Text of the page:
Share Email Print
cover

Proceedings Paper

Applications of fluorescence spectroscopy to problems of food safety: detection of fecal contamination and of the presence of central nervous system tissue and diagnosis of neurological disease
Author(s): Ramkrishna Adhikary; Sayantan Bose; Thomas A. Casey; Al Gapsch; Mark A. Rasmussen; Jacob W. Petrich
Format Member Price Non-Member Price
PDF $14.40 $18.00

Paper Abstract

Applications of fluorescence spectroscopy that enable the real-time or rapid detection of fecal contamination on beef carcasses and the presence of central nervous system tissue in meat products are discussed. The former is achieved by employing spectroscopic signatures of chlorophyll metabolites; the latter, by exploiting the characteristic structure and intensity of lipofuscin in central nervous system tissue. The success of these techniques has led us to investigate the possibility of diagnosing scrapie in sheep by obtaining fluorescence spectra of the retina. Crucial to this diagnosis is the ability to obtain baseline correlations of lipofuscin fluorescence with age. A murine model was employed as a proof of principle of this correlation.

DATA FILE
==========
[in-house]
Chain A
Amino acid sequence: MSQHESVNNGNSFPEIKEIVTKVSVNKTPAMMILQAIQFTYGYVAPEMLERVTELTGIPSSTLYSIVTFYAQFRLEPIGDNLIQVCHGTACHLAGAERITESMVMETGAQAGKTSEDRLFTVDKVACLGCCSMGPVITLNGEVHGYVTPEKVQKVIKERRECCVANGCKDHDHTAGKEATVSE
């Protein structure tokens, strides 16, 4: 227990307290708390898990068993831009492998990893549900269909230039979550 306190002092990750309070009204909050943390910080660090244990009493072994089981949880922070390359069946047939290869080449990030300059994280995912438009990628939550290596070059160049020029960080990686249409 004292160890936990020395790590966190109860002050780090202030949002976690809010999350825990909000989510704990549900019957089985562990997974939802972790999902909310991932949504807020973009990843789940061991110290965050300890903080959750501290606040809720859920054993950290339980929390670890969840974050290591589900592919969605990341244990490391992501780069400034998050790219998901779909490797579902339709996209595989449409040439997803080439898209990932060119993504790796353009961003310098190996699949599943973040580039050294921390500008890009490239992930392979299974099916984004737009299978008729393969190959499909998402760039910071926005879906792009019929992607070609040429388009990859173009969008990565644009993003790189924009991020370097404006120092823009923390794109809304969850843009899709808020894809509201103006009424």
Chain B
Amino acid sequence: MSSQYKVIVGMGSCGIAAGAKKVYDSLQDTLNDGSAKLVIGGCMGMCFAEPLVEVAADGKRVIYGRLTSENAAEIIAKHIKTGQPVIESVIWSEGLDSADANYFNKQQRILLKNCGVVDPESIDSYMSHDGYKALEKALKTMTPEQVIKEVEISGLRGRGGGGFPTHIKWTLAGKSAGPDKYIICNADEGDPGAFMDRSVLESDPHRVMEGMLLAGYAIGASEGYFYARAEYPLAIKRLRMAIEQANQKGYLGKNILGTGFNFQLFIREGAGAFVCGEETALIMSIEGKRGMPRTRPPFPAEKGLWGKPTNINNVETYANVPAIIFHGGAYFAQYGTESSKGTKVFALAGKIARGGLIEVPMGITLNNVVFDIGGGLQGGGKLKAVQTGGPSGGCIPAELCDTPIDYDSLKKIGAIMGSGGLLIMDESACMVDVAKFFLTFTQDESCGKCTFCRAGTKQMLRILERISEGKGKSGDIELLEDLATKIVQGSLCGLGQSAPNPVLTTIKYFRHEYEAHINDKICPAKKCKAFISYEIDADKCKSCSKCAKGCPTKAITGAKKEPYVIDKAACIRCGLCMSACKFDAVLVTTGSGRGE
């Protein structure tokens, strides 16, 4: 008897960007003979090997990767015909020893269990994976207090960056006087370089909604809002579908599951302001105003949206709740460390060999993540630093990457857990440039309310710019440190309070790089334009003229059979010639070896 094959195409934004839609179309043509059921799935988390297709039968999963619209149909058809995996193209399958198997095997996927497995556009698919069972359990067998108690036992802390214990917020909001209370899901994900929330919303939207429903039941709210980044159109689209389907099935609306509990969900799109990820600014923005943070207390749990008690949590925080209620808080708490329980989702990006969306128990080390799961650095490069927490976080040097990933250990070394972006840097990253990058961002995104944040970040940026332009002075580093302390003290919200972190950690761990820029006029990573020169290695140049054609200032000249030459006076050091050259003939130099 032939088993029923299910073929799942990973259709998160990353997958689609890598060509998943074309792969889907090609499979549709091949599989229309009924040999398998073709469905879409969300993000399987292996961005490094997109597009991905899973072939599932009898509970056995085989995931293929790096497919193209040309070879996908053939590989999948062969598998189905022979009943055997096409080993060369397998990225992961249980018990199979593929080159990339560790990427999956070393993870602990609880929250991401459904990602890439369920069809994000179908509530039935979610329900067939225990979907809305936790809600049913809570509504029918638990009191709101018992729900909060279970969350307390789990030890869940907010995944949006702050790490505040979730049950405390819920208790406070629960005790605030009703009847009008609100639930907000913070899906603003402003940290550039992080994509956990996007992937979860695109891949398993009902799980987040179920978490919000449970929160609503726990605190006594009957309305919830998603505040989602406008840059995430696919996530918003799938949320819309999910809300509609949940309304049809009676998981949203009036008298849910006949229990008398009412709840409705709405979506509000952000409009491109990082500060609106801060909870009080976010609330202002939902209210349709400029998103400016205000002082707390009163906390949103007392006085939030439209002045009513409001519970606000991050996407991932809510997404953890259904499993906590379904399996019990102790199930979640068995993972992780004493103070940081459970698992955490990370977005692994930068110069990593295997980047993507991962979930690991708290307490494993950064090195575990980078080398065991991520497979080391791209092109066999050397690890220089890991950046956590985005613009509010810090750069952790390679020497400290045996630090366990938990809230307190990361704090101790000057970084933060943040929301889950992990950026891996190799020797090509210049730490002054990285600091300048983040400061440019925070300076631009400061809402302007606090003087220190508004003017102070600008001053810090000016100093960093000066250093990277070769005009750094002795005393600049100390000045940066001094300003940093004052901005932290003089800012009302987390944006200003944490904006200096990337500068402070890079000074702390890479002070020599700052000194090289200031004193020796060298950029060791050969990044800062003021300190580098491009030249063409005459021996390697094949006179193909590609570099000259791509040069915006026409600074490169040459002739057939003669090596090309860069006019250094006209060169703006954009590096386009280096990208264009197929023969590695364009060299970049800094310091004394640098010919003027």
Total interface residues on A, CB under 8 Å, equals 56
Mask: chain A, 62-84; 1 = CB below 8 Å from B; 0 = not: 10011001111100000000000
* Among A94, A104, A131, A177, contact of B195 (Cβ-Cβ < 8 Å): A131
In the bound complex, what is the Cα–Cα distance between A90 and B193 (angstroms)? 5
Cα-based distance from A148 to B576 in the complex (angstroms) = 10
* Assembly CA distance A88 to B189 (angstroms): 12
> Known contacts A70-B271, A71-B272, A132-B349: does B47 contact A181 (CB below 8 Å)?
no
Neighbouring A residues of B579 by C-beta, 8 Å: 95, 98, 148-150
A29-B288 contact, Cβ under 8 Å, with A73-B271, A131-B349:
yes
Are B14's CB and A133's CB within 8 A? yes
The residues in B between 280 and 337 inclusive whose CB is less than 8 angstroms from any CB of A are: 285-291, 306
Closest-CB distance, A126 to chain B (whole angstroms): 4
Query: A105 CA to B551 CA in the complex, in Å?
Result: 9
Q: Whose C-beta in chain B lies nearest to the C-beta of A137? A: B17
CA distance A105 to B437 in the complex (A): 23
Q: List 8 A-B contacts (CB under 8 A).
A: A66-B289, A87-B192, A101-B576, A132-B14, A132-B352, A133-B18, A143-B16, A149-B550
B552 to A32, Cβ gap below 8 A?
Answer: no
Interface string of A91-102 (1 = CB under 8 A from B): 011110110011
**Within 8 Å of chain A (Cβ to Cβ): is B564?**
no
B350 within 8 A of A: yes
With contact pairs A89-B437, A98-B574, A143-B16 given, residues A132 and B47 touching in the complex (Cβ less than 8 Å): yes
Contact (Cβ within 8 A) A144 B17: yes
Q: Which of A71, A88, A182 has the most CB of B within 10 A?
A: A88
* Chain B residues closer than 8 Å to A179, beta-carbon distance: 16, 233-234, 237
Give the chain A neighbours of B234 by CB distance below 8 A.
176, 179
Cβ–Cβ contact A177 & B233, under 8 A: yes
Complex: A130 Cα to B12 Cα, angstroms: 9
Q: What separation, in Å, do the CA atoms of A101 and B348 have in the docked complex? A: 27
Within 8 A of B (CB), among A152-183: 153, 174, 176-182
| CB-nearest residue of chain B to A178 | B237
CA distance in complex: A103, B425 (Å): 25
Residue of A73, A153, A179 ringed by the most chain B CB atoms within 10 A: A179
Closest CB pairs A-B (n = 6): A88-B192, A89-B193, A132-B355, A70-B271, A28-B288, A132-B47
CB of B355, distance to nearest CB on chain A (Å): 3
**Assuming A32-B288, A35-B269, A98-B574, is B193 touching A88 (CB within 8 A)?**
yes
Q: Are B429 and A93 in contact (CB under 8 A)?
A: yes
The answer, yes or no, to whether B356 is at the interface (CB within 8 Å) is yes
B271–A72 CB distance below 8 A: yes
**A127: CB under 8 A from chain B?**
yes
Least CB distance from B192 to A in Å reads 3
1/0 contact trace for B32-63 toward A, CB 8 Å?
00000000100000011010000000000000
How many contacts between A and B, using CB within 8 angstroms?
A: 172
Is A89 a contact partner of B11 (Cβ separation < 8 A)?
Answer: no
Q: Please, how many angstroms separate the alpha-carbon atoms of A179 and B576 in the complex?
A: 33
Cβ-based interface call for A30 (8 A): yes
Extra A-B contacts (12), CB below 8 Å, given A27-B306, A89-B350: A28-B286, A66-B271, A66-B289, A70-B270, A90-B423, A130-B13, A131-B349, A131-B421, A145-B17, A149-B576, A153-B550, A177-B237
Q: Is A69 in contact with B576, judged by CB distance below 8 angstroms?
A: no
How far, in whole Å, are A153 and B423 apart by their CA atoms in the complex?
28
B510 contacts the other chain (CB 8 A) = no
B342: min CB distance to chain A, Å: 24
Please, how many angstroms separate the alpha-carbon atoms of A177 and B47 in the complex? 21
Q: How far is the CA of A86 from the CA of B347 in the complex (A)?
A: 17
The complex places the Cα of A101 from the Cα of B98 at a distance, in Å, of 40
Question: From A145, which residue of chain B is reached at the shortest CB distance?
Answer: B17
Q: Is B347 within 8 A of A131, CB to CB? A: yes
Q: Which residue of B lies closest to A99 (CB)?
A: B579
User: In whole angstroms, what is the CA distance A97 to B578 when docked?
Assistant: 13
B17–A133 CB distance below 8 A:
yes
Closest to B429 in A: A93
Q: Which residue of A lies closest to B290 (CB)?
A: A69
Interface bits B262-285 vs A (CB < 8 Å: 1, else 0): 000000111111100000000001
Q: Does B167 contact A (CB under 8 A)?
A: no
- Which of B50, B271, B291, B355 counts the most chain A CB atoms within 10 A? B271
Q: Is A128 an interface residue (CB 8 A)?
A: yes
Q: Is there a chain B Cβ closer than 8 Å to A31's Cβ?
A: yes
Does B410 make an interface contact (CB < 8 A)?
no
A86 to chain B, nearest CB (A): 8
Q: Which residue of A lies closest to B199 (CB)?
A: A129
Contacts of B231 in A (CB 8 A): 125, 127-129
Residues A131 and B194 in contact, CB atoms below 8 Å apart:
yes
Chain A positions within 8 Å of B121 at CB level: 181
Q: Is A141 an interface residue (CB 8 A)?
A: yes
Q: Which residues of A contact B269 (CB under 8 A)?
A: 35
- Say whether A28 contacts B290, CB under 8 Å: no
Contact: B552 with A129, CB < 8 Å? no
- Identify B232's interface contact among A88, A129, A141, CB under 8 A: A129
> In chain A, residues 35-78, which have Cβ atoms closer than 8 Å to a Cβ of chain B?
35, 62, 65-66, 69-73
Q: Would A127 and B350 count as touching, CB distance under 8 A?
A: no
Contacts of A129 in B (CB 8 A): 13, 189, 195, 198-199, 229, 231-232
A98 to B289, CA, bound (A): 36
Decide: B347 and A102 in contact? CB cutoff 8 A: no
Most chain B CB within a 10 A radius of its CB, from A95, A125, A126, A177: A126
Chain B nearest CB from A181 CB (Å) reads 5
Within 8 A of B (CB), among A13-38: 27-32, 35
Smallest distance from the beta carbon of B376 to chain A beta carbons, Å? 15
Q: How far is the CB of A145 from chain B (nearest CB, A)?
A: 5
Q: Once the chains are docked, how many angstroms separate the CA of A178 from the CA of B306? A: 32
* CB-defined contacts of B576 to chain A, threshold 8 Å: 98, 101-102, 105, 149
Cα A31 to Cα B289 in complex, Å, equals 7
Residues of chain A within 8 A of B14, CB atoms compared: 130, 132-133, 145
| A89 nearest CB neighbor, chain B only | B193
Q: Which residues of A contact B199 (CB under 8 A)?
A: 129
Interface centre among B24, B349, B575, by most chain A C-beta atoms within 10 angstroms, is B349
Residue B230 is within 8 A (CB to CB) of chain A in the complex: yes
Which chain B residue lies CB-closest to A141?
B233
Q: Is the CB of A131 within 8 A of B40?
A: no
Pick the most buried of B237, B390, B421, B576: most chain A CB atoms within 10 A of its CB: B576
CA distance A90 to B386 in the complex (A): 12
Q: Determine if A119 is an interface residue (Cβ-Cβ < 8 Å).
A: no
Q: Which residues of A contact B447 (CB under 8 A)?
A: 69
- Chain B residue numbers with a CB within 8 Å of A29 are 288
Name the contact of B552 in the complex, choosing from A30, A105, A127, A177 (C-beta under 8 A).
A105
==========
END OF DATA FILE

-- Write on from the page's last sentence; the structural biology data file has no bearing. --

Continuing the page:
Paper Details

Date Published: 17 February 2010
PDF: 15 pages
Proc. SPIE 7576, Reporters, Markers, Dyes, Nanoparticles, and Molecular Probes for Biomedical Applications II, 757617 (17 February 2010); doi: 10.1117/12.841829
Show Author Affiliations
Ramkrishna Adhikary, Iowa State Univ. (United States)
Sayantan Bose, Iowa State Univ. (United States)
Thomas A. Casey, National Animal Disease Ctr., USDA (United States)
Al Gapsch, TECHnical SOLutions Group, Inc. (United States)
Mark A. Rasmussen, Ctr. for Veterinary Medicine, U.S. Food and Drug Administration (United States)
Jacob W. Petrich, Iowa State Univ. (United States)


Published in SPIE Proceedings Vol. 7576:
Reporters, Markers, Dyes, Nanoparticles, and Molecular Probes for Biomedical Applications II
Samuel Achilefu; Ramesh Raghavachari, Editor(s)

© SPIE. Terms of Use
Back to Top